Traveling through the mountains of Judea I am always struck by the stark contrast between the mountainous areas where there are villages and where there are not. The differences can be as sharp as night and day. There are even places where people are living but the land seems barren and there are other places where people are living and the area around it seems to be overflowing with greenery. It is clear who is taking care of the areas around their homes and who is not. But it often seems to expand far beyond what you would have thought.In this week’s segment, Parshat Vayeshev, Jacob asks his son Joseph to look for his brothers who are out tending the sheep. The brothers are not happy with Joseph. Aside from their father obviously favoring him, Joseph has dreams that imply that he thinks himself better than the rest.
Joseph follows his brothers out to Damascus. When his brothers see him coming they decide to put an end to their brother the nuisance. Until they decide how to deal with him the brothers grab him and throw him into a pit. The bible states that the pit was empty and devoid of water (Genesis 37:24).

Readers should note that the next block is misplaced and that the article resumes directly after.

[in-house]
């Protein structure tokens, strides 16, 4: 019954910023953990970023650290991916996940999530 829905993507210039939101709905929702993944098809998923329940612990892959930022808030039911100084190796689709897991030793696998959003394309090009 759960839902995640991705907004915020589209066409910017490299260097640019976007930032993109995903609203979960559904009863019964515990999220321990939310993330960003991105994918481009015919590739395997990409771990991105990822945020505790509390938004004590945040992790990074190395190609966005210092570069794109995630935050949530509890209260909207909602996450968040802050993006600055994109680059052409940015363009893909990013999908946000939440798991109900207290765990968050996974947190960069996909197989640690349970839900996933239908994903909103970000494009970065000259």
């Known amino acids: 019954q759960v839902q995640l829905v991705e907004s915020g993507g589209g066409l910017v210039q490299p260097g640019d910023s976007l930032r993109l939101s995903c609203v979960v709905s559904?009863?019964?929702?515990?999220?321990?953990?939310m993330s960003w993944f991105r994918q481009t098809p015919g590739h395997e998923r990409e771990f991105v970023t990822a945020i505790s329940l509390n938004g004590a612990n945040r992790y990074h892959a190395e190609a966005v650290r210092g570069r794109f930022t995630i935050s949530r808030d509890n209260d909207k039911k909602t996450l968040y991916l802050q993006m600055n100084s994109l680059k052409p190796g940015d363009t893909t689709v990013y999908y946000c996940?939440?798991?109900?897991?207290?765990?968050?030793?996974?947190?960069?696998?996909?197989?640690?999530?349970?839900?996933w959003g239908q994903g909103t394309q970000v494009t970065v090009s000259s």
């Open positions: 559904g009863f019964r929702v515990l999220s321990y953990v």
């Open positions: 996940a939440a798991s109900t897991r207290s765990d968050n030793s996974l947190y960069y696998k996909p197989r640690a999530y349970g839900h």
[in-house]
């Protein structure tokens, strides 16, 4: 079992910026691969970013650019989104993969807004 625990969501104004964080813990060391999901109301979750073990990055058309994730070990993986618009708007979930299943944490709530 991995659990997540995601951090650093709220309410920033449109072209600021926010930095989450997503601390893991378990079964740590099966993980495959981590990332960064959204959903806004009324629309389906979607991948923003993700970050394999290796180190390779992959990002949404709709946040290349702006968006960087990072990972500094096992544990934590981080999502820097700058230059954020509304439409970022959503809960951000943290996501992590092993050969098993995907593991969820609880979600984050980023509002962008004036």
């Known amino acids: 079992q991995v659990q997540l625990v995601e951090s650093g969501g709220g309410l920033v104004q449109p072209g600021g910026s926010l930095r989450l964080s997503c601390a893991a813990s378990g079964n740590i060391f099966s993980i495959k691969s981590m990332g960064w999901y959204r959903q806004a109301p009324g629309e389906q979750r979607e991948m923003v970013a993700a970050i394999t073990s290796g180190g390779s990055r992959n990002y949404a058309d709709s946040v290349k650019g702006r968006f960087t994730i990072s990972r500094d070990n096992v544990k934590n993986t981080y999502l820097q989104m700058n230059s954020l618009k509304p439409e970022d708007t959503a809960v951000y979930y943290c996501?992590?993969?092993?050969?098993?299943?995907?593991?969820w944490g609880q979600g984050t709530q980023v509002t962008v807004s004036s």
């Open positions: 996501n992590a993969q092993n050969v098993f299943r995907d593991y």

This text seems extraneous. Why would it tell us that there is no water in the pit, when it is saying that the pit was empty? Rashi, a medieval commentary, quotes the Talmud (Sabbath 22a) explaining that while there was no water in the pit, there were snakes and scorpions there.
I think that this commentary provides an insightful glimpse into the nature of the relationship between man and the land he lives upon. If there is water, then snakes and scorpions will not thrive there. According to tradition the word “water” is a synonym for “Torah.” Torah in Jewish tradition infers not only the study of the bible but in an expansive sense, “Torah” relates to all spiritual pursuits.
The land reacts to water. It blooms and grows. Not only is it physical water that makes things grow, but spiritual water as well. When the people in an area love the land it lives on you can see this with your own eyes. The land thrives. It thrives when we fill the land with not only physical waters but spiritual waters as well.
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